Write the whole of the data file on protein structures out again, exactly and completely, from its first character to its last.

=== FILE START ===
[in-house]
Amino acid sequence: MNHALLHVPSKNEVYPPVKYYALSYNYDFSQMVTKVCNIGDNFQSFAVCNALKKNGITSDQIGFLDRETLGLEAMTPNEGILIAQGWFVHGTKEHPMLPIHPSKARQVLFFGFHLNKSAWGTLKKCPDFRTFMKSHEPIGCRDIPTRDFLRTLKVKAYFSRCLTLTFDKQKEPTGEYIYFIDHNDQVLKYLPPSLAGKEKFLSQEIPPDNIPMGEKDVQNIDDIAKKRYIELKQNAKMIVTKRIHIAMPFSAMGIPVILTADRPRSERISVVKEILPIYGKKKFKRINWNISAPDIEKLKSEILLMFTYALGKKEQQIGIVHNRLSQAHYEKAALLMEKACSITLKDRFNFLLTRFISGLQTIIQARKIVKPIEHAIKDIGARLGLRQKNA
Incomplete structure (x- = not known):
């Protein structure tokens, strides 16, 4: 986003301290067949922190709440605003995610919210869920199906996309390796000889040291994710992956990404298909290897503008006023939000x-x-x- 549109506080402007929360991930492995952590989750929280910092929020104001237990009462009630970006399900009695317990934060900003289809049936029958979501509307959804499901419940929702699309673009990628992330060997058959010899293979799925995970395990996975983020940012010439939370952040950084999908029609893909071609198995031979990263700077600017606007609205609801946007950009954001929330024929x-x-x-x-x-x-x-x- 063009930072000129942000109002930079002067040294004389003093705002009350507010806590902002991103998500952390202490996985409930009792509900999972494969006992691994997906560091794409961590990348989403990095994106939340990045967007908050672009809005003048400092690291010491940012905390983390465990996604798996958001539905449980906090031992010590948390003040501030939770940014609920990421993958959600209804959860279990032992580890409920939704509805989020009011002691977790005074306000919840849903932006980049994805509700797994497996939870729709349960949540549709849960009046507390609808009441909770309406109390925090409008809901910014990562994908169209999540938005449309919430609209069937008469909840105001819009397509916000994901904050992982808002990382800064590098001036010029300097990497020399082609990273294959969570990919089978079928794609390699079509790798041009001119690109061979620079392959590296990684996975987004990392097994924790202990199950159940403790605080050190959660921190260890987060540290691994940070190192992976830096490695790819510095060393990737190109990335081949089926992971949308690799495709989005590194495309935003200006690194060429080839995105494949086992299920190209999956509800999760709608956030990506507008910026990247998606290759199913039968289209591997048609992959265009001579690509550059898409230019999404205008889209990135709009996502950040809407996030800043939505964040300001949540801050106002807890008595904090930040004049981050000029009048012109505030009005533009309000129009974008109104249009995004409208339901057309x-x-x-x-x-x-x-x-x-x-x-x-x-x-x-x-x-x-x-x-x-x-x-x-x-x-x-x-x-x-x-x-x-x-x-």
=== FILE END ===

[in-house]
Amino acid sequence: MNHALLHVPSKNEVYPPVKYYALSYNYDFSQMVTKVCNIGDNFQSFAVCNALKKNGITSDQIGFLDRETLGLEAMTPNEGILIAQGWFVHGTKEHPMLPIHPSKARQVLFFGFHLNKSAWGTLKKCPDFRTFMKSHEPIGCRDIPTRDFLRTLKVKAYFSRCLTLTFDKQKEPTGEYIYFIDHNDQVLKYLPPSLAGKEKFLSQEIPPDNIPMGEKDVQNIDDIAKKRYIELKQNAKMIVTKRIHIAMPFSAMGIPVILTADRPRSERISVVKEILPIYGKKKFKRINWNISAPDIEKLKSEILLMFTYALGKKEQQIGIVHNRLSQAHYEKAALLMEKACSITLKDRFNFLLTRFISGLQTIIQARKIVKPIEHAIKDIGARLGLRQKNA
Incomplete structure (x- = not known):
């Protein structure tokens, strides 16, 4: 986003301290067949922190709440605003995610919210869920199906996309390796000889040291994710992956990404298909290897503008006023939000x-x-x- 549109506080402007929360991930492995952590989750929280910092929020104001237990009462009630970006399900009695317990934060900003289809049936029958979501509307959804499901419940929702699309673009990628992330060997058959010899293979799925995970395990996975983020940012010439939370952040950084999908029609893909071609198995031979990263700077600017606007609205609801946007950009954001929330024929x-x-x-x-x-x-x-x- 063009930072000129942000109002930079002067040294004389003093705002009350507010806590902002991103998500952390202490996985409930009792509900999972494969006992691994997906560091794409961590990348989403990095994106939340990045967007908050672009809005003048400092690291010491940012905390983390465990996604798996958001539905449980906090031992010590948390003040501030939770940014609920990421993958959600209804959860279990032992580890409920939704509805989020009011002691977790005074306000919840849903932006980049994805509700797994497996939870729709349960949540549709849960009046507390609808009441909770309406109390925090409008809901910014990562994908169209999540938005449309919430609209069937008469909840105001819009397509916000994901904050992982808002990382800064590098001036010029300097990497020399082609990273294959969570990919089978079928794609390699079509790798041009001119690109061979620079392959590296990684996975987004990392097994924790202990199950159940403790605080050190959660921190260890987060540290691994940070190192992976830096490695790819510095060393990737190109990335081949089926992971949308690799495709989005590194495309935003200006690194060429080839995105494949086992299920190209999956509800999760709608956030990506507008910026990247998606290759199913039968289209591997048609992959265009001579690509550059898409230019999404205008889209990135709009996502950040809407996030800043939505964040300001949540801050106002807890008595904090930040004049981050000029009048012109505030009005533009309000129009974008109104249009995004409208339901057309x-x-x-x-x-x-x-x-x-x-x-x-x-x-x-x-x-x-x-x-x-x-x-x-x-x-x-x-x-x-x-x-x-x-x-």